The only obstacle still standing in the way of Binyamin Netanyahu forming a government next week is a possible revolt within his own party.
Likud members are angry with Mr Netanyahu for allocating most of the senior cabinet positions to the other parties in his coalition. “We are going to give him a rough ride when he presents the coalition agreements to the Likud Central Committee next week,” said one disgruntled MK. “Netanyahu has given everything away to the coalition partners and Likud, the ruling party, has to make do with leftovers.”
Despite the grumblings, senior Likud activists predicted that the party chairman will rule the day. He received crucial backing from the former IDF chief of staff and new Likud MK Moshe Ya’alon, who originally was seen as a leading candidate for the post of defence minister.
“We have to do what is best for the nation’s interests,” said Mr Ya’alon, in support of the deal whereby Ehud Barak will retain his current position in return for Labour’s participation in the coalition.
On Tuesday evening, the Labour Party convention voted to accept the coalition agreement reached by its leader, Defence Minister Ehud Barak. Despite having only 13 seats in the new Knesset, Labour has been offered posts for five ministers, two deputy ministers, the chair of the influential Knesset foreign and defence committee and a significant say in economic and diplomatic matters.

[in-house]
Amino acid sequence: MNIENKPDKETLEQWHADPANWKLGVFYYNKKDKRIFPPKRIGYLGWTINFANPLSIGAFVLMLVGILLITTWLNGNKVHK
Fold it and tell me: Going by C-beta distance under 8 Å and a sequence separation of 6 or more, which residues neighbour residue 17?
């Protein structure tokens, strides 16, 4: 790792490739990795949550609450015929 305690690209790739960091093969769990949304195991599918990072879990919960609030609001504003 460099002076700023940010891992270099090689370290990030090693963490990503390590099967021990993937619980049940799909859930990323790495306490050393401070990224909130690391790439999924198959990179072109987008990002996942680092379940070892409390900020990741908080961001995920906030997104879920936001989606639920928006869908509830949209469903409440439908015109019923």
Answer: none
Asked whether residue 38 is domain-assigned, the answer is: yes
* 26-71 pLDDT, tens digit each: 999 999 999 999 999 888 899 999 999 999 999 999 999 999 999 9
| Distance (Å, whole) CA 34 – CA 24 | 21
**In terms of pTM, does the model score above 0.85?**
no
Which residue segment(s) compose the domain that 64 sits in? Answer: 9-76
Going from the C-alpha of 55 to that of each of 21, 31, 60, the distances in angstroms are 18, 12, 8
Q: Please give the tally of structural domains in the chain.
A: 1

The convention voted 680-507 to accept the deal, though a majority of its Knesset members voted against. In the aftermath of the vote, Mr Barak’s opponents within the party were split over their next steps. Out of the seven MKs who spoke against the agreement, three have already announced that they will respect the decision. The rest have yet to say whether they will vote to approve the new government when it is brought to the Knesset.
Mr Netanyahu, has now secured coalition agreements with four parties: Yisrael Beiteinu, Shas, Labour and the National Religious Party, which brings, together with Likud, a total of 69 Knesset members. United Torah Judaism is also expected to join his coalition, but the ultra-right National Union, which has been holding talks with Likud, is now unlikely to enter the coalition, following Mr Netanyahu’s pledge to Labour that he will crack down on settler outposts.
Following the coalition agreements, Likud has retained only a small handful of senior cabinet portfolios, including the treasury and education ministry. Mr Netanyahu will have to accommodate the ambitions of a long list of cabinet hopefuls. One of the ideas he is now playing with is promising disappointed ministers that they will be compensated in a future reshuffle.
Though they have been political rivals for the Past 15 years, Mr Netanyahu and Mr Barak have always got along well on a personal level. Mr Netanyahu was a young officer in the elite Sayeret Matkal in the early 1970s, when Mr Barak commanded the unit.
Over the Past two years, Mr Barak as defence minister, invited Mr Netanyahu to his office for regular briefings and the Likud leader has made no secret of his preference for keeping Mr Barak in post.
Likud and Labour are certainly awkward bedfellows, but the two leaders implicitly understand each other. Over recent weeks, Labour members feared that had the party voted against the coalition agreement, Mr Barak would have defected and joined Mr Netanyahu’s government on his own.